It's easy to get lost, without the quiet.

    Your breath is always with you.

    19 November, 2012

    W is for White Elephants

    (Yeah, I am totally bouncing around in this thing and not getting a damn thing done on time.  Life exploded in the summer and I'm still putting together the pieces.  Here's one I'm gonna pretend is on time, ish, rather than spur-of-the-moment topical!)

    A number of years ago, my aunt gave me a pair of porcelain elephants for Christmas.  I was never entirely certain what to make of this, to be honest - my family is certainly down with the snarky jokes - but I've moved the white elephants around with me because that is, of course, what one does with white elephants.  Never quite sure what to do with them.

    Take that as a little frame story.  I'll get back to the elephants in a little bit.

    A couple of weekends ago, I was at a religious retreat.  I'm not going to go into a whole hell of a lot of detail about this, but suffice it to say that I had a major life-transforming experience and have been spending the last few weeks figuring out how to put the pieces back together.

    And one of the things that I've been working on is figuring out how to better actually deal with the whole self-respect dealie, which (between various things well-chronicled in the archives) is not one of my better skills.  And it's an important thing to do, and to actually make space for, and it's something that will reliably slip out of my grasp as soon as I have any stress in my life at all, at least going by my track record.

    Now, one of the topics we discussed at retreat was time, and having a healthy relationship with time.  And the idea was raised: build an altar or shrine to time, make offerings, make prayers, deal with this Power as any other god or godling and see if being polite to it helps.

    And while I have issues with time, they are nothing at all compared to my issues with self.

    So I - while putting my room back together after the various crises that made me have to take it apart - decided to put up a me shrine.  Partly recognising what I have, in fact, done, partly aspirational.  I'm riffing on some chaos magic that my liege and I talked about years ago, the idea of writing up a character sheet for now and figuring out where to spend the points and how to get to the skillset that one wants to have on one's character sheet, and so on.  Make a space for it.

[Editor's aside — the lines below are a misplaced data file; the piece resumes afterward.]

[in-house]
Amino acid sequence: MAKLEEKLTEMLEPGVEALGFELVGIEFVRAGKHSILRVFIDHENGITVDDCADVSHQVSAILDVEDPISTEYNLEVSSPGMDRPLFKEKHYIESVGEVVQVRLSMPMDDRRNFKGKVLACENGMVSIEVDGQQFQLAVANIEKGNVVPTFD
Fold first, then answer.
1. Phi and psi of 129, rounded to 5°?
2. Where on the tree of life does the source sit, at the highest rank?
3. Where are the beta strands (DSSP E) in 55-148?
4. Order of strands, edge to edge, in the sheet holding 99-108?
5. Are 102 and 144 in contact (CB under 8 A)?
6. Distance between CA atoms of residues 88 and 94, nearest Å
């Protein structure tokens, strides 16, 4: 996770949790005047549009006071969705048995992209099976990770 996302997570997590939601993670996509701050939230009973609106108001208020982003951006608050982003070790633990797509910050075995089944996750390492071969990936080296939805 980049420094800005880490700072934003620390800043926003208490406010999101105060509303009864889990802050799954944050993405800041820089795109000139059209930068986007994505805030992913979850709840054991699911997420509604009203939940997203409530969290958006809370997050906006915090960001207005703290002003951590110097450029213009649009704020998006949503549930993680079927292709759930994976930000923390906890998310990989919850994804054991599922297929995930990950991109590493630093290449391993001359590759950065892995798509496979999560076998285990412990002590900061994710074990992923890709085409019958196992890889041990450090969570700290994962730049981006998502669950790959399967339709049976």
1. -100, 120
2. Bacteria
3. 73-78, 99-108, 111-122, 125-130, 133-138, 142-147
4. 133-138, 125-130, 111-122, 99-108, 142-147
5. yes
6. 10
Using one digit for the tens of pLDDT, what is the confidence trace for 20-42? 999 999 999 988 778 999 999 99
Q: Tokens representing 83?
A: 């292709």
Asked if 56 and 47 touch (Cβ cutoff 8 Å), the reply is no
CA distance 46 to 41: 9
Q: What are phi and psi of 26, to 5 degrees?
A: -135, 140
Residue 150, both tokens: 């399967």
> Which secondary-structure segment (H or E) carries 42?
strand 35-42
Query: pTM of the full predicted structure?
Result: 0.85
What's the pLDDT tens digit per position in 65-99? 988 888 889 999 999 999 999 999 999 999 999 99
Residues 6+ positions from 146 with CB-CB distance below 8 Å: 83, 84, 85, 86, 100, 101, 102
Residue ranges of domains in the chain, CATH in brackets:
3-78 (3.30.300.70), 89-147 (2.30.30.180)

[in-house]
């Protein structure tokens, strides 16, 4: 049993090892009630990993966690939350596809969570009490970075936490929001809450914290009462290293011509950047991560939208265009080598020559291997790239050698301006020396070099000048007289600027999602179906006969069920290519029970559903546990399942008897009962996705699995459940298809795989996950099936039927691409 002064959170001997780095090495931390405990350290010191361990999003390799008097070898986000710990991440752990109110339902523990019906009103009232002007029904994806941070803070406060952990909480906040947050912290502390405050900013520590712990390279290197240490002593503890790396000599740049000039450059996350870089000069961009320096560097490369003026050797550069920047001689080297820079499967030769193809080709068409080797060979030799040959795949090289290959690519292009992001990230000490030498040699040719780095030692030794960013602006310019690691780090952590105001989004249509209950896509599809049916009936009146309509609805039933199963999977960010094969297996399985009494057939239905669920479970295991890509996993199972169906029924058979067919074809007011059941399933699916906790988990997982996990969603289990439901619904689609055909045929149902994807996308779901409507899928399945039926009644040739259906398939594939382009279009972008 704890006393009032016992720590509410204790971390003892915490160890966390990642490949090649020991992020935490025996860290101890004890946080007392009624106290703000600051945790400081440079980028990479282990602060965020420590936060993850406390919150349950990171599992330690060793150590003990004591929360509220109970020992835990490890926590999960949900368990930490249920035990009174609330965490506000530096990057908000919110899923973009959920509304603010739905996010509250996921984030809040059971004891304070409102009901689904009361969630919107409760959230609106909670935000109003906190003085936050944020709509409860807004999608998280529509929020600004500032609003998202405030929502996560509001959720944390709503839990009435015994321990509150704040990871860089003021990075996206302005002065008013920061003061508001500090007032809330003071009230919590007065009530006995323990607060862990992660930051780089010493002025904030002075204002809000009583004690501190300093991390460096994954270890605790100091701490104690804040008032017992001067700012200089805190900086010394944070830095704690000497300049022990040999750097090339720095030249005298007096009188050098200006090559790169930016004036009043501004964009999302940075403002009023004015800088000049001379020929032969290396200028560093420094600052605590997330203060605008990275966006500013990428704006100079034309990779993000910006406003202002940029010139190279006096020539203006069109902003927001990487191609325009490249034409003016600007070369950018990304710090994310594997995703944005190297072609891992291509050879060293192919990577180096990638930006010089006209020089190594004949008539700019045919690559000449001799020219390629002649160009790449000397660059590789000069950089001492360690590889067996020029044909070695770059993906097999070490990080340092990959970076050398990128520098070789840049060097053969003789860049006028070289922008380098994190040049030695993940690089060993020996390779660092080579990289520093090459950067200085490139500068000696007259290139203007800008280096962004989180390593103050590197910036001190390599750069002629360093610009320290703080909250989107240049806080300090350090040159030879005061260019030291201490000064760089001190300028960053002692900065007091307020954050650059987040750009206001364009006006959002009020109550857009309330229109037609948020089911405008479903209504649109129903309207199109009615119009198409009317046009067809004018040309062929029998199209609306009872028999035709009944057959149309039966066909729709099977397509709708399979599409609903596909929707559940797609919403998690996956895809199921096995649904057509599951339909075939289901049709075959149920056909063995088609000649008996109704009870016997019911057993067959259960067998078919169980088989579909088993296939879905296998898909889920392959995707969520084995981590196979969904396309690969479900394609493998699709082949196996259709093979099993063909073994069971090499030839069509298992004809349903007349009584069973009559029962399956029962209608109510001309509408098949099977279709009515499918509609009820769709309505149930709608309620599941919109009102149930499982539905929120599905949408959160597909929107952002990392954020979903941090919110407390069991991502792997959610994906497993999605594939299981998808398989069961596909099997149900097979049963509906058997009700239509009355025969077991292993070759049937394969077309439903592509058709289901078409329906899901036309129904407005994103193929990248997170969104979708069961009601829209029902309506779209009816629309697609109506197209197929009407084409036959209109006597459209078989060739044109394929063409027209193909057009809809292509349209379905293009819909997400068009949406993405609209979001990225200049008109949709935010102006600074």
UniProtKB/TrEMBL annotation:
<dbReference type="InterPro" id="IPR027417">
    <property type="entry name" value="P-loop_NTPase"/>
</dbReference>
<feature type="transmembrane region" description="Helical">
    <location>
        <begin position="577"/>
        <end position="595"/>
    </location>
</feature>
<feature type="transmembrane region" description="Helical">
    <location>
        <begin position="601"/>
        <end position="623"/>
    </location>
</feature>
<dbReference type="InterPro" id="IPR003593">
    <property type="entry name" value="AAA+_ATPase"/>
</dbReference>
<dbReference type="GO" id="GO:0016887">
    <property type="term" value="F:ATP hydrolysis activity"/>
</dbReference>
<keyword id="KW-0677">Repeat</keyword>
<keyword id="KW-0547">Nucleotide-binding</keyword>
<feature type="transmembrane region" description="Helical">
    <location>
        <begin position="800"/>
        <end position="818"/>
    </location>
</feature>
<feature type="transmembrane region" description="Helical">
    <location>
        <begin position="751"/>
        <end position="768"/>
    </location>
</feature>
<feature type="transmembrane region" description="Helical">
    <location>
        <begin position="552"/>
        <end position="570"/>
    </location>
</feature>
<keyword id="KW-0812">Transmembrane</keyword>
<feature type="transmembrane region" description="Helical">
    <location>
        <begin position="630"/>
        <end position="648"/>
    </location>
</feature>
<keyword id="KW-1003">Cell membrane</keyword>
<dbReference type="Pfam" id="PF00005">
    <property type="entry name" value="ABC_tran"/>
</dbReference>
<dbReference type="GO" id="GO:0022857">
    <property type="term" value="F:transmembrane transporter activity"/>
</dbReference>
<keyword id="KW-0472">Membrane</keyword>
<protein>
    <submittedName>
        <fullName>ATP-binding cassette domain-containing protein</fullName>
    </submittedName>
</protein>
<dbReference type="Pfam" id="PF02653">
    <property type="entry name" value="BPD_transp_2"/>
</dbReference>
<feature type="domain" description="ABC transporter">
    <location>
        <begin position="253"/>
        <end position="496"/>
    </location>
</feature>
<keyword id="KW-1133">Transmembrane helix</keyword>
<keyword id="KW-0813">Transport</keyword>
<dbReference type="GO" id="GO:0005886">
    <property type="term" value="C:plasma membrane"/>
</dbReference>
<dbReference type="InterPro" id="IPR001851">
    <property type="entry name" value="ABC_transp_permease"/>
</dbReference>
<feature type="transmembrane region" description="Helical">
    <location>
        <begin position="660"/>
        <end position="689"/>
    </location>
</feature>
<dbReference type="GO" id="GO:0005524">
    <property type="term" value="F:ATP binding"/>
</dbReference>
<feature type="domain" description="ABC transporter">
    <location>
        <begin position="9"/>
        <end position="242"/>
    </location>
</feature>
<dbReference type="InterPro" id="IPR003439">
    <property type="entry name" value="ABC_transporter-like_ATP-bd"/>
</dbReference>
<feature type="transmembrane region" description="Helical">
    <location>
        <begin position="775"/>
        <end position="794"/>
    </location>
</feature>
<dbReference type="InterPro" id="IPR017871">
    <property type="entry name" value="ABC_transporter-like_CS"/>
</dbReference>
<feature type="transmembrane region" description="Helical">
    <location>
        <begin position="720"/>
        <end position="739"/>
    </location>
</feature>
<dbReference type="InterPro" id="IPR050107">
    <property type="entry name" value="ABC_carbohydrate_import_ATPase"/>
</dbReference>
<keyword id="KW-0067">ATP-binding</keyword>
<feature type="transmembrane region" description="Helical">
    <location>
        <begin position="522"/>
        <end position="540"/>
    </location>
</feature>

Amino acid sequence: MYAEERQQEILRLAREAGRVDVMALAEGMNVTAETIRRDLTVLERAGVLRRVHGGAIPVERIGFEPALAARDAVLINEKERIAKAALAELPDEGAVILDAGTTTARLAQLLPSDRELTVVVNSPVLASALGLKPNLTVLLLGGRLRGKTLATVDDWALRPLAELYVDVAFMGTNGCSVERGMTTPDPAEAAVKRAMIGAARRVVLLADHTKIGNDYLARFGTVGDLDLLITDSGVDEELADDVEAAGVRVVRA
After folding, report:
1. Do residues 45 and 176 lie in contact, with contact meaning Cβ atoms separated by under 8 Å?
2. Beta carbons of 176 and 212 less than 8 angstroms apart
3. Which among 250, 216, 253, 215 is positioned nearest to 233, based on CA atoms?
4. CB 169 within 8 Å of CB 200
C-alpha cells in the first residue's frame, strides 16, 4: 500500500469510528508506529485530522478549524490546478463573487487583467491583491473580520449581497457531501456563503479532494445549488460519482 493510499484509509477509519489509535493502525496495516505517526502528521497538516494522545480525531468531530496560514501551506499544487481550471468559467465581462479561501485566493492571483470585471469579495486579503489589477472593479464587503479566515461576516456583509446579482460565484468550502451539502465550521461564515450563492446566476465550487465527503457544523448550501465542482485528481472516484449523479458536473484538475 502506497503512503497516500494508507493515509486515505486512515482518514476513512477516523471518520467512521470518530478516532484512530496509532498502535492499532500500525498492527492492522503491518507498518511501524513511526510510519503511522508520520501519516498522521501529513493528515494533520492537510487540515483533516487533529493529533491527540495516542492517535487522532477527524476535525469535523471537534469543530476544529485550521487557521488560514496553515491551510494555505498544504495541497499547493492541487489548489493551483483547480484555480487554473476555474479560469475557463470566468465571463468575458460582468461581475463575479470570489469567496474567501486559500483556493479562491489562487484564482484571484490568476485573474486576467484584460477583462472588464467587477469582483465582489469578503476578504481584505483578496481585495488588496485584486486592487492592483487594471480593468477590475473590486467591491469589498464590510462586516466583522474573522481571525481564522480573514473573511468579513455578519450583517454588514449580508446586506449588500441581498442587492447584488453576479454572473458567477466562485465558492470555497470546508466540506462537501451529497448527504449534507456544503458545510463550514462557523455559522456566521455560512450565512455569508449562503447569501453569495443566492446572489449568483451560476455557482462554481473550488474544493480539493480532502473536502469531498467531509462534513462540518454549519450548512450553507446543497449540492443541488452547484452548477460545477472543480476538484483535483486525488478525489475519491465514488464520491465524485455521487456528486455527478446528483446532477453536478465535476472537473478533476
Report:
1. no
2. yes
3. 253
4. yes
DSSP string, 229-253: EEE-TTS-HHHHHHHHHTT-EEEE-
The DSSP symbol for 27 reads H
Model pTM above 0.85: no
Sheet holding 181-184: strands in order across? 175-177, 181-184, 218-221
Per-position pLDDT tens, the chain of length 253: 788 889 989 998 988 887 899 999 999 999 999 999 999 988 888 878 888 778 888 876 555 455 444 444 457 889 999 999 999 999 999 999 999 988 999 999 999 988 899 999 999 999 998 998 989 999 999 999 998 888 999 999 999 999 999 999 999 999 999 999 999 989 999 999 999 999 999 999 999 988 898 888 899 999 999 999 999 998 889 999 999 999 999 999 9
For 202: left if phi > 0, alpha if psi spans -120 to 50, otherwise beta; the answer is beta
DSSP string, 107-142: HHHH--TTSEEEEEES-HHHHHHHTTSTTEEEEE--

So I dedicated a shelf on the bookcase I was shelving tonight to this little project.  I unrolled a scroll of Ma'at that I'd never had a home for (indicative of something, for sure) and set it up so the shelves themselves hold Her in place.  Some tools I use for magical self-maintenance can go up there, sure; all the books I contributed to (or wrote) on one side of the shelf to remind me of real accomplishment; the weird black heart a friend gave me; my Lilith icon, since She's certainly one for demanding a bit of fucking self-respect ... and I propped the corners of it all with those two white elephants.

    You see, white elephants, they have a bit of a troubled reputation, because they're those things you can't get rid of.  That's the idiom - nobody wants them, they kick around as tchotchkes forever, what have you.

    But back it up a little.  The white elephant is particularly sacred and holy.  Being given a white elephant is an extreme honor, being given the caretaking of something so precious and rare.

    Yes, it's high-maintenance taking care of a me.  But it's nonetheless a sacred trust.

    25 October, 2012

    P is for Purification

    It doesn't, in this moment, matter where it comes from.  Whether it is the stereotypical Slavic melancholy I inherited from my mother, who inherited it from hers, which is tangled up in the ancestor work I am doing with that line.  Whether it is situations that are hard right now, and my exhaustion.  Whether it is the kink in my neurochemistry that predisposes me to it.  Whether it is all these things.